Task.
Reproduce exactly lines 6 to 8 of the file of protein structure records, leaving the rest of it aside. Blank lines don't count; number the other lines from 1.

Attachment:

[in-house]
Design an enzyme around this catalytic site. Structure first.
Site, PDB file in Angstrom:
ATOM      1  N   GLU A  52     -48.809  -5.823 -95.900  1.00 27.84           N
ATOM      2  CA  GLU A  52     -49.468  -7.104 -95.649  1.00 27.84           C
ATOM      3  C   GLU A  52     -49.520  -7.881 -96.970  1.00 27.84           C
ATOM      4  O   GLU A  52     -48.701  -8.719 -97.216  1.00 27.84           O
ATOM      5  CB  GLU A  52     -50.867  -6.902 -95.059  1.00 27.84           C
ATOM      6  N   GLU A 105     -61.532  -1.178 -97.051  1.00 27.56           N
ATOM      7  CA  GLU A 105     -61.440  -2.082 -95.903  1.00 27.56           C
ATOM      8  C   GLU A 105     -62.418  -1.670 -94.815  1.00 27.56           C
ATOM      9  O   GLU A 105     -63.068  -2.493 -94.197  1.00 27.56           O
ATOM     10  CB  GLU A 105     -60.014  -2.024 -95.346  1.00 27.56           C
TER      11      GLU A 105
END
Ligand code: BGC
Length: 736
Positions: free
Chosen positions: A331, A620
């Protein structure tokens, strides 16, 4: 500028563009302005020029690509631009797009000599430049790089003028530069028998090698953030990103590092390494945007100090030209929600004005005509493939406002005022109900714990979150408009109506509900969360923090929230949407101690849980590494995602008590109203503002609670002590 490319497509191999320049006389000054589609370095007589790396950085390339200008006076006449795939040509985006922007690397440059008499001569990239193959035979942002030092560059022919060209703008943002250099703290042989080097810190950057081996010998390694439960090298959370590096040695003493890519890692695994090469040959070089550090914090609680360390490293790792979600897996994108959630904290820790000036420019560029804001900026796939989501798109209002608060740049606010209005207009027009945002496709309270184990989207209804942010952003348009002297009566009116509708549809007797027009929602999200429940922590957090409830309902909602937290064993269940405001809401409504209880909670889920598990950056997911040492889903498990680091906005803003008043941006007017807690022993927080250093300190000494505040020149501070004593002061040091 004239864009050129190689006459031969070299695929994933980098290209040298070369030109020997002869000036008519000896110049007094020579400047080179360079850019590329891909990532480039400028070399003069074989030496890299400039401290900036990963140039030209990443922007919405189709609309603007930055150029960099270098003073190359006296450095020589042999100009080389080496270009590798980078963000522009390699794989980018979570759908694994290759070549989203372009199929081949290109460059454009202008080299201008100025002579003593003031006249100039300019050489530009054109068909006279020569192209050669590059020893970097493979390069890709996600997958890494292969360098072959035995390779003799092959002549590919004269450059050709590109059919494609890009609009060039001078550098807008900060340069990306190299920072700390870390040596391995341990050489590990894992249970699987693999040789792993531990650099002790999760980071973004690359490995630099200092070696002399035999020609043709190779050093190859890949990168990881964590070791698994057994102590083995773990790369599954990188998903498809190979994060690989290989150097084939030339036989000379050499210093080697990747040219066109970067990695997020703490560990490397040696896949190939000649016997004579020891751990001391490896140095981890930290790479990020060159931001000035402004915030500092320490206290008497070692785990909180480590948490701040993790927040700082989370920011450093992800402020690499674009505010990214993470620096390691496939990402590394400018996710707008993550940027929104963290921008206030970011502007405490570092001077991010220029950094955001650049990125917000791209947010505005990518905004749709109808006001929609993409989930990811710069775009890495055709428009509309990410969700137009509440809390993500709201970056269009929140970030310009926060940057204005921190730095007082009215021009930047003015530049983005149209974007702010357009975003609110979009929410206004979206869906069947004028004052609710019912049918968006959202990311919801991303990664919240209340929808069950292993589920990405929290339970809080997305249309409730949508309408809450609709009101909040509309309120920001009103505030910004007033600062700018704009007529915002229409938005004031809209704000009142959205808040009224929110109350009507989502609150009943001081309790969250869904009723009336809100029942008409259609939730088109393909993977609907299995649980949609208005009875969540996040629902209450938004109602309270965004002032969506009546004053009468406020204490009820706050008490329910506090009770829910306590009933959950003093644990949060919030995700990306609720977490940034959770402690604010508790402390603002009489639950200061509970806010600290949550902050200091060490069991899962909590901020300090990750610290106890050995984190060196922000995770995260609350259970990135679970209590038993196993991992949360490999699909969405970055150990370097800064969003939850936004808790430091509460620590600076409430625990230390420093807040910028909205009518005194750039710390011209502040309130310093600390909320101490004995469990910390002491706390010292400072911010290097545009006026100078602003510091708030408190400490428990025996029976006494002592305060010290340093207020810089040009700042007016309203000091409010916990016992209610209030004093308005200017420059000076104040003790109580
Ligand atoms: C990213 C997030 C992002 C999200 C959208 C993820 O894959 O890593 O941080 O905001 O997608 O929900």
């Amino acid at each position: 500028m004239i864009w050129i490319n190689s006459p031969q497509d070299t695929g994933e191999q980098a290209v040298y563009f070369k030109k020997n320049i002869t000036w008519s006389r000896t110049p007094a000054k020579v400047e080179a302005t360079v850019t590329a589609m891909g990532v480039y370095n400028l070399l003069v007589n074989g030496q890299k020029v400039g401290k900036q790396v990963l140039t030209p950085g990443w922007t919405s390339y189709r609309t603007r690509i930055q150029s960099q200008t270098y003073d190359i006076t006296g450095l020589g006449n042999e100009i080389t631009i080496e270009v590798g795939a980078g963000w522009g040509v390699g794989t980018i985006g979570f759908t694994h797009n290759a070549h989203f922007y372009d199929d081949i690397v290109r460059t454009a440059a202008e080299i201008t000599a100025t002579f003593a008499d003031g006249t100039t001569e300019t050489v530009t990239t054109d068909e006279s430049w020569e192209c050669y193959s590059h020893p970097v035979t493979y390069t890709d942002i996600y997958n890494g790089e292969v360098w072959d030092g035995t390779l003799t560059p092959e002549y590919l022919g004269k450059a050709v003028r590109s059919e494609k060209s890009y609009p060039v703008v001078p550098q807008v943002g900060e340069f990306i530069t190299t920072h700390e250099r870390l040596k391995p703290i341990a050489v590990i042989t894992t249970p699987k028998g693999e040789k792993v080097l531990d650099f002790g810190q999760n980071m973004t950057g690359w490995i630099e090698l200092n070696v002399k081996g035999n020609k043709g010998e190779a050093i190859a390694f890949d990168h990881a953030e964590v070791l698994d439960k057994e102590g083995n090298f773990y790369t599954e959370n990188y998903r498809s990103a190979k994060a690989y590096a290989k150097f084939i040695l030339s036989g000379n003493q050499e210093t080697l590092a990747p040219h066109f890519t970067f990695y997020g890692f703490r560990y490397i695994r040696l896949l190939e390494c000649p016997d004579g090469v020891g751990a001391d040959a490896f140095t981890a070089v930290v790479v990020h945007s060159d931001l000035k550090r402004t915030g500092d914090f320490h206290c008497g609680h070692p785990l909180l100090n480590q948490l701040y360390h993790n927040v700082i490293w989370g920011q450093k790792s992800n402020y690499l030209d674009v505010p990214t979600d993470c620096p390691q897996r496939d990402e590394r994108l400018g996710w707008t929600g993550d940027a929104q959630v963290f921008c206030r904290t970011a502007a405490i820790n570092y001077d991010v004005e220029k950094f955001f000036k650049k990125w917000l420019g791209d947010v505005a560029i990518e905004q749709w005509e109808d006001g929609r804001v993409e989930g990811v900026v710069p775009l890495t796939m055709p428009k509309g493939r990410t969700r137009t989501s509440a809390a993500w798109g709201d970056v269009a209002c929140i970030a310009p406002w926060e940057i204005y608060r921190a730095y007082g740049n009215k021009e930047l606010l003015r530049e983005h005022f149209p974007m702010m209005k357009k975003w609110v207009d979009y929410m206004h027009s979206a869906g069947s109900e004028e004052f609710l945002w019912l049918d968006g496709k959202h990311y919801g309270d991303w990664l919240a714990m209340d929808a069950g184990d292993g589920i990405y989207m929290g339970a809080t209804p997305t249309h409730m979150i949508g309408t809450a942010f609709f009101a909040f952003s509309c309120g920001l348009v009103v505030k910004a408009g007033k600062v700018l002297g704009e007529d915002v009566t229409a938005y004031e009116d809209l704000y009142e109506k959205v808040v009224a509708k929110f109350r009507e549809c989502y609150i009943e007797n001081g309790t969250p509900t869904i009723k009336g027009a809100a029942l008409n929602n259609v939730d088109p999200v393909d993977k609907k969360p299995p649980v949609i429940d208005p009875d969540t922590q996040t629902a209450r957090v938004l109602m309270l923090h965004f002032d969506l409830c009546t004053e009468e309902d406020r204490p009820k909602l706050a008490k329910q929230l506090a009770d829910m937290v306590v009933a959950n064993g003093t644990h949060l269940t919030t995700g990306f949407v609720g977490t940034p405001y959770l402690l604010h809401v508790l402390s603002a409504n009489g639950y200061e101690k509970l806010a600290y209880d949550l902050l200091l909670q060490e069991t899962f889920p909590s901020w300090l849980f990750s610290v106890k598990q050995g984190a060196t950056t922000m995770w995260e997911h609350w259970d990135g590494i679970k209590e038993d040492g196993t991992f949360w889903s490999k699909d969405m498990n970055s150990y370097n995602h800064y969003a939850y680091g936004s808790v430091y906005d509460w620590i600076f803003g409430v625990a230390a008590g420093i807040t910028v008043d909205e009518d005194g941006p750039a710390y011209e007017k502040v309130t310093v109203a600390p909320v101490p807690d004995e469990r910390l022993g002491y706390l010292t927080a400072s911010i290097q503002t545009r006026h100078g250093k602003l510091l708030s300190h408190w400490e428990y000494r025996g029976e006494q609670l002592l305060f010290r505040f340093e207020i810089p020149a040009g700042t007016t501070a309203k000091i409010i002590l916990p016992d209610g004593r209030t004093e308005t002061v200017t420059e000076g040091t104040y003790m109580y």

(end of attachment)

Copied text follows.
ATOM      3  C   GLU A  52     -49.520  -7.881 -96.970  1.00 27.84           C
ATOM      4  O   GLU A  52     -48.701  -8.719 -97.216  1.00 27.84           O
ATOM      5  CB  GLU A  52     -50.867  -6.902 -95.059  1.00 27.84           C